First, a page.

Enter in the “websites” category, then in the “Webjobs” section:


At this point you should see the status as “running” or being changing to. Click the link below the “LOGS” column, and a special page will open:


This mini-portal is a really nice diagnostic tool for the webjobs. You should able to trace both explicit “Console” logs and also exceptions. To reveal the proper flow of the webjob, you should check the timestamps, as well as the messages such as:

[11/03/2014 07:03:53 > bb4862: INFO] Stopped 11/3/2014 7:03:53 AM

The mail alert application.

Most of the material inherent to this article has been shown. However, I just would to close this part with a “concrete” sign of what the project should do. On the next article I’ll focus almost entirely on the webjob code, where the system could considered finished (many things will follow, though).

As described above, as soon a message from any device calls the API, the webjob is waken up (in case is stopped), and the data are pushed in the database.
The webjob task should pick those data out, and detect what is changed. However, the API and the webjob execution are almost asynchronous each other, so it’s better to leave the webjob running and polling for other “news”. On the other hands, when something changes by a remote point, it might be possible that something else will change too in a short time. This is another reason for leaving the webjob running until the platform shuts it down.

I don’t want to dig into details here: this will be argument for the next article. The only important thing is how the data are read periodically (about 10 seconds here) from the server. The data read are copied in a local in-memory model, for ease of interaction with the language.
At the end of each poll, the variable which are changed since the previous poll are marked with the corresponding flag. Immediately after, the program flow yields the execution of a custom logic, that is what the system should do upon a certain status.

        private const string connectionString =
            "Server=tcp:(your-sqlserver-name),1433;" +
            "Database=highfieldtales;" +
            "User ID=(your-sqlserver-username);" +
            "Password=(your-sqlserver-password);" +
            "Trusted_Connection=False;" +
            "Encrypt=True;" +
            "Connection Timeout=30;";

        static void Main()
            // ...

            //create and open the connection in a using block. This 
            //ensures that all resources will be closed and disposed 
            //when the code exits. 
            using (var connection = new SqlConnection(connectionString))
                //create the Command object
                var command = new SqlCommand(
                    "SELECT * FROM highfieldtales.tsensors WHERE __deleted = 0",

                //open the connection in a try/catch block.  
                //create and execute the DataReader, writing the result 
                //set to the console window. 

                    //run as long as we didn't get a shutdown notification
                    int jobTimer = 0;
                    while (isRunning)
                        if (++jobTimer > 10)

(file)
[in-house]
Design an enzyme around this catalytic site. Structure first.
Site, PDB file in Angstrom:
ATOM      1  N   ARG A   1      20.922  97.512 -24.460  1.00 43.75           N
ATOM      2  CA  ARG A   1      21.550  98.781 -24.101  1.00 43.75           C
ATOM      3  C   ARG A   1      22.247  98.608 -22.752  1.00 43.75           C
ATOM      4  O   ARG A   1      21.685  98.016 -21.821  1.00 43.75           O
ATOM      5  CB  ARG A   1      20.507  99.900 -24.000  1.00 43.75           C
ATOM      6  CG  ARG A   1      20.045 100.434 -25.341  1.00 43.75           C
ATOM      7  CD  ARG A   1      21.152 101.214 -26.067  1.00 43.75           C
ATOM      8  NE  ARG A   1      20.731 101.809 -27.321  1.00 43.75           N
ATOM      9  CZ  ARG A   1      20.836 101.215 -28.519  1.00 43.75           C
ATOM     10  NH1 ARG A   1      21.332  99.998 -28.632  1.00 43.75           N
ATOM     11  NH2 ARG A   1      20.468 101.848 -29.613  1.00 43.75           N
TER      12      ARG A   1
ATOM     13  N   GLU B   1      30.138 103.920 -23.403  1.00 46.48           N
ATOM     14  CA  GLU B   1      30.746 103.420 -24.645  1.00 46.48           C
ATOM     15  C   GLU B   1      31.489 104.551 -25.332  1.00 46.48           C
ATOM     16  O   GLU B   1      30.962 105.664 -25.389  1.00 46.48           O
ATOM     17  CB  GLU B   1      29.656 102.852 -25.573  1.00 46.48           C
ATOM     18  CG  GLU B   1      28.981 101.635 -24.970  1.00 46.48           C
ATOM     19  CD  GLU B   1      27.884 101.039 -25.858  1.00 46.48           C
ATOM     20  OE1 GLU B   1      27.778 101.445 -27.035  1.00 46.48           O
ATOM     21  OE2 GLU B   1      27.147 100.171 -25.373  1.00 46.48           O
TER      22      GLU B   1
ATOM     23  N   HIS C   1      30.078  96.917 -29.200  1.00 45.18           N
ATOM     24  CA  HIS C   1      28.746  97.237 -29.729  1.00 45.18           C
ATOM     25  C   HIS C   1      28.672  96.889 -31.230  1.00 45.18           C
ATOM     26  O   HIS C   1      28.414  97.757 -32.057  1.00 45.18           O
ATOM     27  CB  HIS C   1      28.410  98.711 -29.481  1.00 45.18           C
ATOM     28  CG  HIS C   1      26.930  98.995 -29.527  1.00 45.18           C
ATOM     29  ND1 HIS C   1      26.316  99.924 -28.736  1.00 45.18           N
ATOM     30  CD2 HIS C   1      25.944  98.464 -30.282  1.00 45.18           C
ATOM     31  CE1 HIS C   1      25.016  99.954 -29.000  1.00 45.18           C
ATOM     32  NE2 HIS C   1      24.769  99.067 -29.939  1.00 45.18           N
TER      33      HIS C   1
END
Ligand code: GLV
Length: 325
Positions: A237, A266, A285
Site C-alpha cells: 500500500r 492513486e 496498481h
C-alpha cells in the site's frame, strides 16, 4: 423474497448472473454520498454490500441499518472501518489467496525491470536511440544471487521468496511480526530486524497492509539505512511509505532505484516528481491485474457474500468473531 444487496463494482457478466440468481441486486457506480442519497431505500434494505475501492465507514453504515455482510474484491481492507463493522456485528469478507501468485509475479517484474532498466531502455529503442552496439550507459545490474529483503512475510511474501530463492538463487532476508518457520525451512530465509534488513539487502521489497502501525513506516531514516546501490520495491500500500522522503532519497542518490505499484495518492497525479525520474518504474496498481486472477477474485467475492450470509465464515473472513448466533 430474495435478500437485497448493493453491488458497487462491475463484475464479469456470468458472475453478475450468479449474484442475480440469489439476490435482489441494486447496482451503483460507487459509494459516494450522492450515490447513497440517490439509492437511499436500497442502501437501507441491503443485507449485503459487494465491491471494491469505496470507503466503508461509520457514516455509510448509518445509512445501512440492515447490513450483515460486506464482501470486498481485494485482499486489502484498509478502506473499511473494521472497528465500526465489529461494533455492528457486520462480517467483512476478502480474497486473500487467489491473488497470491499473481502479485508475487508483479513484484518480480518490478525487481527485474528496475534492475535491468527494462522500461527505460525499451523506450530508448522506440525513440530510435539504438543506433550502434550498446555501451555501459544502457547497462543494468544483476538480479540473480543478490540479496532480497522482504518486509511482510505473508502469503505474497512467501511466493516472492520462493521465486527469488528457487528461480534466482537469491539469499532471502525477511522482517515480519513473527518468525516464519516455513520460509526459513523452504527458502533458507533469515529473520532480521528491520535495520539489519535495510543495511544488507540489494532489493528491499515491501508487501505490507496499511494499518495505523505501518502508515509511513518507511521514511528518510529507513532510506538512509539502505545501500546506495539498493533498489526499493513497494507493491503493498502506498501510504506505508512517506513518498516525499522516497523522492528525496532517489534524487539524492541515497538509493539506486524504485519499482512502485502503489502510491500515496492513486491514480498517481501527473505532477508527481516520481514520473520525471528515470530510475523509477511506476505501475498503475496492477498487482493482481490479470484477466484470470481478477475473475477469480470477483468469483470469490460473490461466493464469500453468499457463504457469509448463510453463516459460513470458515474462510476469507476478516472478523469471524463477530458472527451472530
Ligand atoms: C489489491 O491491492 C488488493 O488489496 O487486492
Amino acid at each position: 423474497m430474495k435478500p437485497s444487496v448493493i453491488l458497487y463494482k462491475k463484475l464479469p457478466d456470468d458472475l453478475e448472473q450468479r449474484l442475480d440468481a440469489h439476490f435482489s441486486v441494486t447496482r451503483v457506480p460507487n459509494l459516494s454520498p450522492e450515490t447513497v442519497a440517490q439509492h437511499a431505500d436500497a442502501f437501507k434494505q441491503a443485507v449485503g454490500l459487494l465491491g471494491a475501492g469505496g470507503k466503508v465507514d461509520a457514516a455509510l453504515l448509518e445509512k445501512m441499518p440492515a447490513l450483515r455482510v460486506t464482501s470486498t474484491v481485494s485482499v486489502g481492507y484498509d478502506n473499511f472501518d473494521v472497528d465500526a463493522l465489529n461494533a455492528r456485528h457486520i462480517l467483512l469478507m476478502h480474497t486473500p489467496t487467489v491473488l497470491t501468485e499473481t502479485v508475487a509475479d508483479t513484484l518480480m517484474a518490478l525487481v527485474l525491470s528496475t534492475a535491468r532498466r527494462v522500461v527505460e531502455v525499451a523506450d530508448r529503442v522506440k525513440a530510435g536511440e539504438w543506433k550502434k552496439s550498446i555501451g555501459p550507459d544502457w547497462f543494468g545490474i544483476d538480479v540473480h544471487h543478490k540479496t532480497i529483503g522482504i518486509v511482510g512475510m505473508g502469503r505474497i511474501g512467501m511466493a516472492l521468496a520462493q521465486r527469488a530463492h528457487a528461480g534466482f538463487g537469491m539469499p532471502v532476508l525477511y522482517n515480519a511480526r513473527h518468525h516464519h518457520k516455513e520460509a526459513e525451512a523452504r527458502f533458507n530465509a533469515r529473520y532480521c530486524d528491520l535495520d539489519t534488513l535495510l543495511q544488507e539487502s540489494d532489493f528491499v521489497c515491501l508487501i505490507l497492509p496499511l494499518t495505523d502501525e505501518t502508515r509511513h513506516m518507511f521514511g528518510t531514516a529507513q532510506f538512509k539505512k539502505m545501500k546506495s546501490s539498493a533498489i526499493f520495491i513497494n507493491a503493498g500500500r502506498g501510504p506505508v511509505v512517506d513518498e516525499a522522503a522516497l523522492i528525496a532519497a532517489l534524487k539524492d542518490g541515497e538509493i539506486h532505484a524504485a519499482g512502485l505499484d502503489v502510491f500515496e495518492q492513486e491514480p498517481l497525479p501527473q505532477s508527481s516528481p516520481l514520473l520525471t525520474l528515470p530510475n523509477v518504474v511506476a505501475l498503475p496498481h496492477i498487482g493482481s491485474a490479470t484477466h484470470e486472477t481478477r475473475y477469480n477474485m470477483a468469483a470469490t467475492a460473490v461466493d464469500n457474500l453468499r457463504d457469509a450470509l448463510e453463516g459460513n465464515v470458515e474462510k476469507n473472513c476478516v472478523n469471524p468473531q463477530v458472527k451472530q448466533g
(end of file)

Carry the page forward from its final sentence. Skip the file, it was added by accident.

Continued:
jobTimer = 0;

                            //extract all the variables from the DB table
                            using (SqlDataReader reader = command.ExecuteReader())
                                while (reader.Read())
                                     * update the local in-memory model with the
                                     * data read from the SQL database


                            //detect the most recent update timestamp as the new reference
                            foreach (LogicVar lvar in MachineStatus.Instance.Variables.Values)
                                if (lvar.LastUpdate > machine.LastUpdate)
                                    machine.LastUpdate = lvar.LastUpdate;

                            //invoke the custom logic

                catch (Exception ex)

            // ...

Let’s say that this piece of code is “fixed”. Regardless what the system should react upon the status, this section will be always the same. For this reason there’s a special, well-defined area where we could write our own business logic.
Here is a very simple example:

    class CustomLogic
        : ICustomLogic

        public void Run()
            LogicVar analog0 = MachineStatus.Instance.Variables["Analog0"];
            LogicVar analog1 = MachineStatus.Instance.Variables["Analog1"];

            if ((analog0.IsChanged || analog1.IsChanged) &&
                (double)analog0.Value > (double)analog1.Value
                var mail = new MailMessage();
                mail.Body = "The value of Analog0 is greater than Analog1.";


If you remember, the “Analog0” and “Analog1” are two variables sent by the Netduino. When I turn the trimpots so that:

  • any of the two variables is detected as changed, and…
  • the “Analog0” value becomes greater than the “Analog1” value…

…then an e-mail message is created and sent to me…(!)

Here is what I see on my mailbox:



This article looks long, but it isn’t actually so: there are a lot of picture because the Azure setup walkthrough.
Azure experts may say that a more straightforward solution would be using a Message-Hub instead of a tricky way to trigger a webjob. Well, yes and no. I didn’t find a way to “peek” what’s inside a queue without removing its content, as long as other problems to solve.
This is much more an experimental project built on the Azure “sandbox”, than a definitive optimal way to structure a telemetry system. However, I believe that’s a very good point to start, take practice, then refine your own project.

In the next article, I’ll show how to create a better (yet useful) mail alerting component.